War of the Rebellion: Serial 115 Page 0756 PRISONERS OF WAR, ETC.

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I inclose herewith the papers transmitted in the case of Bethel Burton and J. K. Millner and also affidavits of Robert Murray and John S. Young; specimen of Mr. Millner's currency.

[Inclosure No. 1.]


Robert Murray being duly sworn doth depose and say as follows: I am the marshal of the southern district of New York. I arrested J. K. Millner who is now in Fort Lafayette; he stated to me that he was a Virginia; that he came on here some three weeks previous; that he was introduced to Bethel Burton by a Mr. Walker (these men are now in Fort Lafayette). Walker stated to him (Millner) that Burton was the inventor of a patent rifle or gun which was a very effective weapon; that if they could introduce it into Virginia they would make a large sum of money. After negotiation Burton went down to Virginia with Millner to see what arrangements could be made with the leaders of the rebellion. They took one of the guns with them - taken apart and packed in their baggage. They saw at Richmond the Confederate Government with which they made a contract to make 40,000 of the rifles at a stated price.

Burton and Millner then returned to New York to get the machinery and workmen to manufacture the guns and ship them to Virginia by the way of Hatteras Inlet, the capture of which disconcerted their plans. So far this is the statement of Millner. When I arrested Millner he was in the act of paying $15,000 to Burton for an interest in the gun and contract. I arrested Millner on a warrant issued by a U. S. commissioner, a copy of which is appended. After the arrest of Millner on inquiry I found quite a number of men who had been hired by Millner and Burton to go on to Virginia. They were mechanics such as would be employed on such work.

With one of these men was found the paper money, a sample of which in annexed. Millner admitted that he had ordered this paper money made. Until this communication from Millner I had no knowledge of Bethel Burton. I placed two men to watch his house. He absented himself until the second night, when he was found at about 2 o'clock in the morning coming to his house and was arrested.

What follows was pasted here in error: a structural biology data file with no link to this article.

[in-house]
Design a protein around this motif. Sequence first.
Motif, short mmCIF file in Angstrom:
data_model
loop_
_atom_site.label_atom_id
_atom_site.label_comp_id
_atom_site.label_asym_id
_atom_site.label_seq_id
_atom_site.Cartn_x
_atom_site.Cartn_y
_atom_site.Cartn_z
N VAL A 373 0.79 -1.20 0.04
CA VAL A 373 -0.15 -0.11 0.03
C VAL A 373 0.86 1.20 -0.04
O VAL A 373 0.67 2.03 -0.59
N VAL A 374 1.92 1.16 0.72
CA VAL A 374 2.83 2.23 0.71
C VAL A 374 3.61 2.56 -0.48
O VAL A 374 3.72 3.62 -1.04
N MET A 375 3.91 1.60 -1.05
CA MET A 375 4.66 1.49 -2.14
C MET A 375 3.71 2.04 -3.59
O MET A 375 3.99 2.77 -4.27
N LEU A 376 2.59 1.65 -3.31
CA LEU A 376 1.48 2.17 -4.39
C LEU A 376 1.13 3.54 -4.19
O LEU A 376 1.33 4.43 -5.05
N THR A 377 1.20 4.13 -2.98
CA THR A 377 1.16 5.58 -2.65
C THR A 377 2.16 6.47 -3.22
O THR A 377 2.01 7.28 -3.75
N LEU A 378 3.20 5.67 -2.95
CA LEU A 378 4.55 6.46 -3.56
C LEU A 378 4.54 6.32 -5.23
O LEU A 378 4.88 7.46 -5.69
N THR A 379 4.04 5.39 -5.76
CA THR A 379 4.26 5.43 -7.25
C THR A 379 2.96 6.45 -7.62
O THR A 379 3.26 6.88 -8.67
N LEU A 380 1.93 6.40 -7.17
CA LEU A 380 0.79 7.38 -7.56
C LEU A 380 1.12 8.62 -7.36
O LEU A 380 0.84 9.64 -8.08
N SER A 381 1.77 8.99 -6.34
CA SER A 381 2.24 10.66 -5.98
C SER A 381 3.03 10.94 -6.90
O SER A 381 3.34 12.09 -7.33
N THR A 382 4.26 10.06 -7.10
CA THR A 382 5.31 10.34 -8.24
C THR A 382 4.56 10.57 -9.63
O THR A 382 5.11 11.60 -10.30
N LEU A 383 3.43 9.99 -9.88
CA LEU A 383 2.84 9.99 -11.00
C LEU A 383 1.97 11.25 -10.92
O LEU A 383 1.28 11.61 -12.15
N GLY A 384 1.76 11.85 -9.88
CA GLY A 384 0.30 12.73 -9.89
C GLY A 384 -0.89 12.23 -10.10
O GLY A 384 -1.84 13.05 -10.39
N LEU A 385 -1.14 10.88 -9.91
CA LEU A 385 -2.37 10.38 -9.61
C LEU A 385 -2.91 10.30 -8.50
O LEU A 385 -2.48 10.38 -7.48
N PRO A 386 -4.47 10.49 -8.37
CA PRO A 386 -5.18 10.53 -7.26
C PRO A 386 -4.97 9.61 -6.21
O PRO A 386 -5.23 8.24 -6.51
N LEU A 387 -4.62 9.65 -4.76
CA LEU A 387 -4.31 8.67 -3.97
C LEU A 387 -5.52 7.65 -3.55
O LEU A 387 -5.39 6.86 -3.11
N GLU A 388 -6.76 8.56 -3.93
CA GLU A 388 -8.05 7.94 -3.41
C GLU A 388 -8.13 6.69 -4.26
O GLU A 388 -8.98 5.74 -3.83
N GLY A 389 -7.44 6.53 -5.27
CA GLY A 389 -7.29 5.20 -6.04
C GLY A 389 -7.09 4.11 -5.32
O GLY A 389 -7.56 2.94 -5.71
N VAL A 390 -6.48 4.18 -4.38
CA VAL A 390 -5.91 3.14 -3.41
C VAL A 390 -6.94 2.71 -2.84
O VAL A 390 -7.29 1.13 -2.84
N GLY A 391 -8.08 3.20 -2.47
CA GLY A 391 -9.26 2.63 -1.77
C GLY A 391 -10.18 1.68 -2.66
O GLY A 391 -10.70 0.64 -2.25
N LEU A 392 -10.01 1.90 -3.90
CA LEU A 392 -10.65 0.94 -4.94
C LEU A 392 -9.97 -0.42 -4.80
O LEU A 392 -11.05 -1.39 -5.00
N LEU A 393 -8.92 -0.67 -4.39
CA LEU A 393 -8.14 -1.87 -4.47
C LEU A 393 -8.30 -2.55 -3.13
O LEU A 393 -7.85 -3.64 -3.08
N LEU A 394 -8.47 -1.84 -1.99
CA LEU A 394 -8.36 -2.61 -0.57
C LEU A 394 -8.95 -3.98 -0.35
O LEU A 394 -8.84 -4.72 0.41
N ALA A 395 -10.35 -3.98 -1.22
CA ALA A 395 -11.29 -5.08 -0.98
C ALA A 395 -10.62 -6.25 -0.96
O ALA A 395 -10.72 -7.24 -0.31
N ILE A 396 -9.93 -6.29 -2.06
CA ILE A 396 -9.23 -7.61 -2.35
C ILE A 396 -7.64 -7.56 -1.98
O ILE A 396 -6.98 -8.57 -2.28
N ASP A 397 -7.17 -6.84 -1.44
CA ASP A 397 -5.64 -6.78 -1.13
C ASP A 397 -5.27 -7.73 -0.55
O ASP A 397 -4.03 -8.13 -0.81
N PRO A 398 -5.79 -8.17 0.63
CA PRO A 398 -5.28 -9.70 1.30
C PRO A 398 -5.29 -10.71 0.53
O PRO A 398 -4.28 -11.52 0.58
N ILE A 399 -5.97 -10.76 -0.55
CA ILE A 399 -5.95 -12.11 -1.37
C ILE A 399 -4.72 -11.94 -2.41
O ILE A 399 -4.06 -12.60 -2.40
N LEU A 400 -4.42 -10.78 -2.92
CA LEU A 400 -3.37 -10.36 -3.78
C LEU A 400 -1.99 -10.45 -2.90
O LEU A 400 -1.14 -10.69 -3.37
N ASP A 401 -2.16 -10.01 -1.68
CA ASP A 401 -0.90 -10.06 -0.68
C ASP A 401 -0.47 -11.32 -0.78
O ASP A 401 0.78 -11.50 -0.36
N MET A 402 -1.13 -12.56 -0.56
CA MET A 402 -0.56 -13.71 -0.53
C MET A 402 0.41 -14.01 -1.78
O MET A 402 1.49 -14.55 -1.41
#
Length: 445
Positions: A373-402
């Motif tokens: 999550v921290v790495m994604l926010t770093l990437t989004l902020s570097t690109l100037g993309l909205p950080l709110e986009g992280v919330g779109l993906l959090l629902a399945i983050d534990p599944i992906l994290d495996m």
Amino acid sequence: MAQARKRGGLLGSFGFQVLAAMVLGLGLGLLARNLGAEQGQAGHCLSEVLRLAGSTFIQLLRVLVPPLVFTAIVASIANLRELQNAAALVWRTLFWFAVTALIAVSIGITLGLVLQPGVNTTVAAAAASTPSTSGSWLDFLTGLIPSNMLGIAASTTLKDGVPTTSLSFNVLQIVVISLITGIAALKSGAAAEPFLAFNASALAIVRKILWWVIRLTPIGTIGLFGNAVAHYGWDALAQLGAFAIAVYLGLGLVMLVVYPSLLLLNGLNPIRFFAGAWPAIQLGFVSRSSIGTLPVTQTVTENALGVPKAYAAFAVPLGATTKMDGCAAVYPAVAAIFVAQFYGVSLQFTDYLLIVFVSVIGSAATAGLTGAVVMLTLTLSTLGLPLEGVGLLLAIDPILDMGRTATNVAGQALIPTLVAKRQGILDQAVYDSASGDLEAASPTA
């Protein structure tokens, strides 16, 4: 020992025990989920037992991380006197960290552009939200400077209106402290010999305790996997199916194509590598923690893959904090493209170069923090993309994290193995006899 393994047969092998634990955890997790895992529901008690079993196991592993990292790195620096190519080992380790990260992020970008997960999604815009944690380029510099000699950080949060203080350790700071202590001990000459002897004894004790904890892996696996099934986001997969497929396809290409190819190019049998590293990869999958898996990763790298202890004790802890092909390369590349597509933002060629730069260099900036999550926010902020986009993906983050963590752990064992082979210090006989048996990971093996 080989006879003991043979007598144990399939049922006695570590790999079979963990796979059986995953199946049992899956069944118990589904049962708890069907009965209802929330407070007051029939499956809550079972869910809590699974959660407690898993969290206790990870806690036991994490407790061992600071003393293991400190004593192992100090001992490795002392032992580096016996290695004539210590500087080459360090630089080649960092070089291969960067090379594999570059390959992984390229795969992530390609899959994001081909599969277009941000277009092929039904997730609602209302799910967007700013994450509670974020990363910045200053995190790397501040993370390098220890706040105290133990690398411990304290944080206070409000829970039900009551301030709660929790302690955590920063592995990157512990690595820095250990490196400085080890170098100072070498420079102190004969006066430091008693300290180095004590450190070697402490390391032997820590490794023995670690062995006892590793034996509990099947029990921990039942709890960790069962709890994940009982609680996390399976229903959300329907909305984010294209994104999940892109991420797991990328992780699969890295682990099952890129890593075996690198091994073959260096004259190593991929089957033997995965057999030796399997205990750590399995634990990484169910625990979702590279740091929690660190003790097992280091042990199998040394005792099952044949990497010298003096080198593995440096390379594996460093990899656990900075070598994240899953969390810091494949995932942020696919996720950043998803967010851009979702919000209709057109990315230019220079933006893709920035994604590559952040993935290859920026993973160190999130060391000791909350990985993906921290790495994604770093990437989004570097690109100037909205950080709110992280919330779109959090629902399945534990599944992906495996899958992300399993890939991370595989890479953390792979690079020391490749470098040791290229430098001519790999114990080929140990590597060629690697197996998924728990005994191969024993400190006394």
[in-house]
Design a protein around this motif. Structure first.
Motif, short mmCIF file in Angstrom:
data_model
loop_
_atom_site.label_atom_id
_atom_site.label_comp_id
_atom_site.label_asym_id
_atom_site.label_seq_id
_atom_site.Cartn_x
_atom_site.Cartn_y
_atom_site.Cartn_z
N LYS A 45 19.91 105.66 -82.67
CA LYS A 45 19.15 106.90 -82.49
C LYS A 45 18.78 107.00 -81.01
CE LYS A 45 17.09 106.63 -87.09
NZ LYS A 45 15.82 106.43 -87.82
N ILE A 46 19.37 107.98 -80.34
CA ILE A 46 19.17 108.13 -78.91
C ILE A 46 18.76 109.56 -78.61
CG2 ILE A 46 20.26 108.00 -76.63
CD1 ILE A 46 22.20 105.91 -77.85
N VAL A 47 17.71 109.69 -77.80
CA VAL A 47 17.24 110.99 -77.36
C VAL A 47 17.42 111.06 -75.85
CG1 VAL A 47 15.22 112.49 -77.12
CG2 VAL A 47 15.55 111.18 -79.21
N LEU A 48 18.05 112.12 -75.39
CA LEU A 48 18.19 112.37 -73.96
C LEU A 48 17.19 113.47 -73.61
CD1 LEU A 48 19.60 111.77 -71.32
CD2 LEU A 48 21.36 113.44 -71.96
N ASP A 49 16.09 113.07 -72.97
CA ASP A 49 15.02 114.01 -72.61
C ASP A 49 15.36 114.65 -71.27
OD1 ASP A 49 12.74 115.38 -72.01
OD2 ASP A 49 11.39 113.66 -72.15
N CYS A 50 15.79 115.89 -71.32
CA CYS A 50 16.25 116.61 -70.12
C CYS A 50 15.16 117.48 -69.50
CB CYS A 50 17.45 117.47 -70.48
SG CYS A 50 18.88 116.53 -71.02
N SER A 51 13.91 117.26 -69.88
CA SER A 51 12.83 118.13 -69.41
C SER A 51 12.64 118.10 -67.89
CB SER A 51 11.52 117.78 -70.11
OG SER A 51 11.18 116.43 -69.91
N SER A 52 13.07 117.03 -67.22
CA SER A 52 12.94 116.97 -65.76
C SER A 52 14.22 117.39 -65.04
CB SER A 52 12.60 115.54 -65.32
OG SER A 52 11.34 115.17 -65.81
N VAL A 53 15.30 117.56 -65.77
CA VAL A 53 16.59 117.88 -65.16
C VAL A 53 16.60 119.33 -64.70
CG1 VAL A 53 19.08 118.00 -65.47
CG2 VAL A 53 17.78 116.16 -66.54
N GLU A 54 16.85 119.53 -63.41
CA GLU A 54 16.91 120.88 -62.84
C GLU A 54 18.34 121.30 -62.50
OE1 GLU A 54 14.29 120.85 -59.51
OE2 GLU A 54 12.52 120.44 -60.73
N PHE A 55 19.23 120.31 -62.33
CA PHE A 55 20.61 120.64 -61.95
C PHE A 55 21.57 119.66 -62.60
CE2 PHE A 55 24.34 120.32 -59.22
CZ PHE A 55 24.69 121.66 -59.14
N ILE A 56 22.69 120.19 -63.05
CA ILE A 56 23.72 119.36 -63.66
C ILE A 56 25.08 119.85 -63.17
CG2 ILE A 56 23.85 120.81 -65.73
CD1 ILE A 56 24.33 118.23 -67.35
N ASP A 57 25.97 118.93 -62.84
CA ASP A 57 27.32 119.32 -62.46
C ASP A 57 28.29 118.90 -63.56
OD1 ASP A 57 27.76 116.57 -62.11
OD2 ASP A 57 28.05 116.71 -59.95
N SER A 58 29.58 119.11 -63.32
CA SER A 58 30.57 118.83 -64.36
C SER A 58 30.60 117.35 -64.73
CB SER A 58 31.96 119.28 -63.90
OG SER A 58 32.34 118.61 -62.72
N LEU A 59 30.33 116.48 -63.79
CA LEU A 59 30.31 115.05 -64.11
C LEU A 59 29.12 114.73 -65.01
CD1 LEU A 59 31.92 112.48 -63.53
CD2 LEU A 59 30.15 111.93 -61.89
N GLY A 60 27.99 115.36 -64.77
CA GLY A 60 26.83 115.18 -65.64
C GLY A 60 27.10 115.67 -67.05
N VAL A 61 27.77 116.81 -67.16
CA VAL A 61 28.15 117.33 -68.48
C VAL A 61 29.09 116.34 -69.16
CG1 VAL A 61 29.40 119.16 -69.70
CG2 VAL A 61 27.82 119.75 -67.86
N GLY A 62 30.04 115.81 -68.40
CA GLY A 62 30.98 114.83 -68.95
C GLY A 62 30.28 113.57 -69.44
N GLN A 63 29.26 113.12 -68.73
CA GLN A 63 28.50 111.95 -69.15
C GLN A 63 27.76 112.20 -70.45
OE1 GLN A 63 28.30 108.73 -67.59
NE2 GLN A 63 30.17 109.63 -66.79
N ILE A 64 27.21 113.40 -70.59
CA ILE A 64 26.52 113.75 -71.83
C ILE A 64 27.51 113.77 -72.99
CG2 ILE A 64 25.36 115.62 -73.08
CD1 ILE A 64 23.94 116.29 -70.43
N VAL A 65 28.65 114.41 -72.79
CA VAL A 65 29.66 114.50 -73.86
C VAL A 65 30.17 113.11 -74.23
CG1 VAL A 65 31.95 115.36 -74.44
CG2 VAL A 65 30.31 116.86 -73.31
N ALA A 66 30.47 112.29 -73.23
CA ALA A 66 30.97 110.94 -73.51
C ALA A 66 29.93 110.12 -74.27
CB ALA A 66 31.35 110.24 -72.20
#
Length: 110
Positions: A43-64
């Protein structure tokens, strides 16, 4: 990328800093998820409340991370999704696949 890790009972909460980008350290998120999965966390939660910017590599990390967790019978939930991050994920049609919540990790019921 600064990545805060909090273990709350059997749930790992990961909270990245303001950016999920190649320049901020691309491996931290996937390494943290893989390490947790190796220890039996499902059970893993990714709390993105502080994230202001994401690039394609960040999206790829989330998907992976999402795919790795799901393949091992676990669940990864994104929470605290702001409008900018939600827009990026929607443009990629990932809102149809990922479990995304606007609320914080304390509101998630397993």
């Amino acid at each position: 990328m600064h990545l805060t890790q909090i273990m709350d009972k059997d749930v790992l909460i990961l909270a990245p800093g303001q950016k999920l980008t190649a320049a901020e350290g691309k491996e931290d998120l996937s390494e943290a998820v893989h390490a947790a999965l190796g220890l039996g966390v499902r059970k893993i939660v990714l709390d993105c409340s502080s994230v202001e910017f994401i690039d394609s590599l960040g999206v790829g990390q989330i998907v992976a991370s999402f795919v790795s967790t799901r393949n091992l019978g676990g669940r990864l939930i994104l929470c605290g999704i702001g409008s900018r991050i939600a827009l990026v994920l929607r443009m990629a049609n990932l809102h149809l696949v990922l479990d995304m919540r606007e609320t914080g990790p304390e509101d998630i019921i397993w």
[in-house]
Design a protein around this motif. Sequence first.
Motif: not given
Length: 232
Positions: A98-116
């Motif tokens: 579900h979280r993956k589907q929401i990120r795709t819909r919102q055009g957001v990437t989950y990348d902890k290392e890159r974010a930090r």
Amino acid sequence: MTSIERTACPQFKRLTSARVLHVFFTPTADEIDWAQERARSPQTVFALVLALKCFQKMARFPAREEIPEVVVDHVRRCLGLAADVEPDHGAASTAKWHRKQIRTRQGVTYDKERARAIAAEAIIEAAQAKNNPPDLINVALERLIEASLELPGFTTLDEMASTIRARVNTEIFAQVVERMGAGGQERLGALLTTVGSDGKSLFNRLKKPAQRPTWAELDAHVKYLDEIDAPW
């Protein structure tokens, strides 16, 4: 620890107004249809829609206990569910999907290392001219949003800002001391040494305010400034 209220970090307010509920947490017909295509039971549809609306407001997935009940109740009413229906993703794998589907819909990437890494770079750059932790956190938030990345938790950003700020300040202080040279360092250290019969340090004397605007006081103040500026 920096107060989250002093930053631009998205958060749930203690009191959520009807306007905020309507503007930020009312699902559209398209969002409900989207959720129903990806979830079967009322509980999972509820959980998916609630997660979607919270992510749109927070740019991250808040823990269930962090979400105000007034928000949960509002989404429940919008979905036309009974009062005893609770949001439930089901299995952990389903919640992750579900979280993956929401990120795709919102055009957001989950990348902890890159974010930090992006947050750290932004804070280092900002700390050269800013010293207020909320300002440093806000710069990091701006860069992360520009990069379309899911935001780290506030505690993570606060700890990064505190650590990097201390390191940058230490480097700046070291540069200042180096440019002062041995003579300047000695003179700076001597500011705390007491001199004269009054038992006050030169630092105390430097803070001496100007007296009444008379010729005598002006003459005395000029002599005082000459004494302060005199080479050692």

I caused Walker's place of business to be watched for some three weeks previous to the arrest, believing that he was shipping goods to the rebels. I am informed and believe that he shipped large quanities of goods ostensibly to Nassau, New Providence, Bermuda and Matamoras, Mexico, clearing the vessels for those ports, but really to North Carolina by way of Hatteras Inlet. I am informed and believe that a number of vessels were found inside of Hatteras Inlet when it was taken that he had cleared the above ports; that his place of business was a rendezvous for Virginia and North Carolina men who were here on business. The vessels he cleared as above were cleared under the British flag, but all of them were in fact American vessels.

To Mr. Walker's place of business I traced George Miles and J. G. Guthrey,* and theym there when they were arrested. We found here $30,000 of Mr. Millner's money which he offered to the officeres if they would let him go and take his paper money with him. He also offered it to me on same conditions.


Sworn before me this 28th day of September, 1861.


Chief Clerk.]


*See case of John Garnett Gutherey, p. 509, et esq., and case of George Miles, p. 531 et seq.